MOSCOW — The Russian government has resumed its attacks on the Organization for Security and Cooperation in Europe (OSCE), criticizing it for focusing too much on democracy and human rights to the neglect of security and economic issues. The United States, meanwhile, is resisting functional changes to the organization while calling for increased attention to the area of the former Soviet Union. The OSCE is perhaps Europe’s most comprehensive security institution in terms of both membership and areas of responsibility. It has 55 member states — including Canada, the United States, Russia and most European and Central Asian countries — […]

NAIROBI, Kenya — Three years after the African Union began planning to establish a robust African Standby Force for peacekeeping missions, progress continues despite funding challenges and the reality check of a difficult AU peacekeeping mission in Sudan. The AU peacekeeping mission deployed in Sudan’s troubled Darfur region has failed to prevent violence against civilians, and that conflict has now spread into neighboring Chad and the Central African Republic. The dilemma facing Gen. Luke Afrazi, the Nigerian commander of African peacekeepers in Darfur, highlights the resource demands placed on peacekeeping missions. Afrazi has watched from the sidelines as Sudanese militias, […]

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Angarsk, a city of about 270,000 in southeastern Siberia, is the home of the Angarsk Electrolyzing and Chemical Combine, a plant created to enrich uranium for the Soviet nuclear program. Throughout its history, the plant has been a restricted area — closed to all foreign visitors. On Nov. 28, 2006, however, the state-funded Russian news agency ITAR-TASS reported that the Russian government has decided to remove the Angarsk plant from its list of restricted areas. Soon, according to the report, Angarsk will become the site of the world’s first “international uranium enrichment center” (IUEC). Enriched uranium fuel is required by […]

RIO DE JANEIRO, Brazil — Brazil defies definition. Its contrasts and contradictions are everywhere — from the Europeans of the south to the African heritage of Bahia, the megalopolis of Sao Paulo to the untouched remoteness of the Amazon, the joyous samba amid the chronic gun violence of the shanty settlements. It has world-class companies like energy giant Petrobras, but in many ways is a highly uncompetitive economy. But the most overwhelming contrast is between the fabulously wealthy and the desperately poor. By every international measurement, Brazil is one of the most unequal societies on earth, a condition that has […]

Kenyans heaved a collective sigh of relief this month following President Mwai Kibaki’s rejection of a huge pay raise given to him by the country’s sleaze-ridden parliament. Kibaki, the country’s third president, caved in to public pressure Dec. 13 and declined a hefty salary increase that would have netted him more than $44,000 a month. But Kenyans remain suspicious of their corrupt politicians, always scheming to rob the public purse. The country has reportedly lost over $1 billion — nearly a fifth of its state budget — to corruption since Kibaki took office in 2002. Elected on an anti-corruption ticket […]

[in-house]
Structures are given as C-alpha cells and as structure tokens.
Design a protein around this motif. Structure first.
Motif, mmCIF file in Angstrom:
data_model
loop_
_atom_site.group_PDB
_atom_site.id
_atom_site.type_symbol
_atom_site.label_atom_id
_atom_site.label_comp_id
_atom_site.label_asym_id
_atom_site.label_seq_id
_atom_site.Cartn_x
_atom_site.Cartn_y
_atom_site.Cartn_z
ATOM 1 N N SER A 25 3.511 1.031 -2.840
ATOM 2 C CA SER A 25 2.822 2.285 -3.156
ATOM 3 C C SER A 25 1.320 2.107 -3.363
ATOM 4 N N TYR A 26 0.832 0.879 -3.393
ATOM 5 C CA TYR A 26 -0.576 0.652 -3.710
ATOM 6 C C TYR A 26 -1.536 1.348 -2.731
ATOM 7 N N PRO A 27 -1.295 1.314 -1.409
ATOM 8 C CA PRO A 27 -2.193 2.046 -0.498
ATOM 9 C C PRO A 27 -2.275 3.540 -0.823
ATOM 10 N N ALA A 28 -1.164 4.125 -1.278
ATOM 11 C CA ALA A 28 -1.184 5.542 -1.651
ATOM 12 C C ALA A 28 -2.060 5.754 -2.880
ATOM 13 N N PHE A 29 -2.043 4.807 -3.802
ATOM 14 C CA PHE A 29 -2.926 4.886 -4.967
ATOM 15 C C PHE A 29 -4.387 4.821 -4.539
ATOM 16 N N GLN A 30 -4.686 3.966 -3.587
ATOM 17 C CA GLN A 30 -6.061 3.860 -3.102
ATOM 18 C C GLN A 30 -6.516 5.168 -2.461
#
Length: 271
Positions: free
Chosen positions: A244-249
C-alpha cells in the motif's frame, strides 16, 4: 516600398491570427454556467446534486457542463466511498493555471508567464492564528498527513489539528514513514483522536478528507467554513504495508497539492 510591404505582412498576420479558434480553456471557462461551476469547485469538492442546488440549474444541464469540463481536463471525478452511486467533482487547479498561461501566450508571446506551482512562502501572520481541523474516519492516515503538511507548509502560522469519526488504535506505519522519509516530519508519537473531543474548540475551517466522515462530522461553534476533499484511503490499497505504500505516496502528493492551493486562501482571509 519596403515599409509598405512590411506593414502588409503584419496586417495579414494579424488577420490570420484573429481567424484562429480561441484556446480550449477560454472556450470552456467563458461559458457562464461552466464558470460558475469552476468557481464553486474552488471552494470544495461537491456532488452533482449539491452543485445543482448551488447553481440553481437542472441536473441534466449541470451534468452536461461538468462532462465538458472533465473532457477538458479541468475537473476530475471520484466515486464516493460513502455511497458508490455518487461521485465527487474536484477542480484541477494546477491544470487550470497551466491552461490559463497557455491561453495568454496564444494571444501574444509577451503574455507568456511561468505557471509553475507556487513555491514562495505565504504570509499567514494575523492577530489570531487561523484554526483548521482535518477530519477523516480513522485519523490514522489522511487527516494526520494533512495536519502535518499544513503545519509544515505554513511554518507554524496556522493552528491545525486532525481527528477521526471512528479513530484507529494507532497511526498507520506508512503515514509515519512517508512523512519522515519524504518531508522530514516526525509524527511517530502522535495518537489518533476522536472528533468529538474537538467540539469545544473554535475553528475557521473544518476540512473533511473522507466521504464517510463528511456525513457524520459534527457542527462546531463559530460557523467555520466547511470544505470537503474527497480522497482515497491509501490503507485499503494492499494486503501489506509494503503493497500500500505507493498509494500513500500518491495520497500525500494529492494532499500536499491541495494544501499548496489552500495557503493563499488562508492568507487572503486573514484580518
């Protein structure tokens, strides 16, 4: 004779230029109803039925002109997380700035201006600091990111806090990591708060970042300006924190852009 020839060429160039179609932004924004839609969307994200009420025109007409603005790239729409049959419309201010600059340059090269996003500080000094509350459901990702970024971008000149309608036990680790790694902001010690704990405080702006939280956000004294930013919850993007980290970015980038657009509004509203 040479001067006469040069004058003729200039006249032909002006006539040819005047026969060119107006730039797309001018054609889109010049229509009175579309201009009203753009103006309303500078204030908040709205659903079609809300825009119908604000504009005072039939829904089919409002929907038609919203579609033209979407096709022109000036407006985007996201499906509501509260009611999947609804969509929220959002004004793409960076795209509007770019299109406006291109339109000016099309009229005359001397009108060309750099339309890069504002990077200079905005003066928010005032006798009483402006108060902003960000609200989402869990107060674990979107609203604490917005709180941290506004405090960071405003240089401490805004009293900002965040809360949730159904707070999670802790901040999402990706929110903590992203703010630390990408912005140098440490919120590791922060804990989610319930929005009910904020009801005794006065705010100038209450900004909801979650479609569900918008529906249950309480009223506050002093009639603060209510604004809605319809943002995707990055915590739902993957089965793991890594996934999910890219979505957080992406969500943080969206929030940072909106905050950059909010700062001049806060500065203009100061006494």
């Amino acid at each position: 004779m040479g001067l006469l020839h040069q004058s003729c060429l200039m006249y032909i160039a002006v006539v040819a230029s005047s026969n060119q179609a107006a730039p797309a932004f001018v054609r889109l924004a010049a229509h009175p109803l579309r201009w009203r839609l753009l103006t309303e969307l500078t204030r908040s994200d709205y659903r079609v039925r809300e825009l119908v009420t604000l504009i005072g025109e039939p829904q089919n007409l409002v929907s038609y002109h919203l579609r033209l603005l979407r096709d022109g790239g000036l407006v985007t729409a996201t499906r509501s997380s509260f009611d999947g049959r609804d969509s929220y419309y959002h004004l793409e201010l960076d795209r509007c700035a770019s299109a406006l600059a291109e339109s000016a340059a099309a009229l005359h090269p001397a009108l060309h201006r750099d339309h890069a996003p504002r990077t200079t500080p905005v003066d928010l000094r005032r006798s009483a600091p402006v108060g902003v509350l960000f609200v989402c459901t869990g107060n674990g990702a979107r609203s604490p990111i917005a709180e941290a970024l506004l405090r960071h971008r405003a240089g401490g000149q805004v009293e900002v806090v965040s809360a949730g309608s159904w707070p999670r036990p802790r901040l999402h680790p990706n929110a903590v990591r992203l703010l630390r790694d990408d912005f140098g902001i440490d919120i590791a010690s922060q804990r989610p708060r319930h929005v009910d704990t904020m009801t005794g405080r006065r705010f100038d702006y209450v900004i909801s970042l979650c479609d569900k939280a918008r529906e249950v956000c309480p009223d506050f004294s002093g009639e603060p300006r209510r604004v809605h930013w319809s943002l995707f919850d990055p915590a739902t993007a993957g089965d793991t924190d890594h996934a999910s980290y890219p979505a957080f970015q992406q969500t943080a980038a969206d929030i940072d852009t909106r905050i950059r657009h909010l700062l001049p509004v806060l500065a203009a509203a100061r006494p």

On Dec. 18, President George Bush signed into law the United States-India Peaceful Atomic Energy Cooperation Act (H.R. 5682). On Dec. 13, Chinese Foreign Ministry spokesperson Qin Gang had resolved months of ambiguity by indicating Beijing’s acceptance of the proposed U.S.-Indian nuclear deal. In response to a question about the proposed legislation, Qin Gang said: “We consider the cooperation between countries to use nuclear energy for peaceful purposes will be beneficial to maintain the principles and effectiveness of international nuclear nonproliferation.” U.S. President George W. Bush and Indian Prime Minister Singh announced in July 2005 they would pursue a bilateral […]

PIRIƁPOLIS, Uruguay — Workers in this Uruguayan town have been busily crafting the finishing touches on beachfront shops and restaurants. The Southern Hemisphere’s summer is arriving to this time-travelers’ destination, a place oddly reminiscent of a mid-century resort in the South of France. With summer’s arrival, hordes of tourists from neighboring countries should start rolling in at any moment. As laborers toiled here, somewhere else in the continent a modern brand of Latin American professionals wrapped their work on a more ambitious project. South America’s new crop of leftist leaders met in Cochabamba, Bolivia, to chart a course of regional […]

DAMACUS, Syria — The Iraq Study Group report said what Damascus wanted to hear about the urgency for a change of U.S. policy in Iraq and the need to engage both Damascus and Tehran in Iraqi affairs to minimize, if not end, the rising sectarian violence. Speaking to Al-Jazeera television recently, Buthaina Shaaban, Syria’s minister of expatriate affairs, said that the report was a “very important step because it means ending this era of American meddling in the region and the U.S. occupation of Iraq.” Damascus has long objected to the presence of U.S. troops in Iraq, and it has […]

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TONY’S LONG GOODYE — Until recently the received wisdom in Whitehall was that British Prime Minister Tony Blair would announce his resignation in early May, with Chancellor of the Exchequer Gordon Brown stepping into his shoes in June. But political developments have forced the pace of his departure, says a knowledgeable insider in London, and he will very probably quit 10 Downing Street in early March.<<ad>>Some time around May, the Labor government faces a very difficult election in Scotland where its strength is being challenged by the Scottish Nationalist Party; and the last thing Brown — a Scotsman — wants […]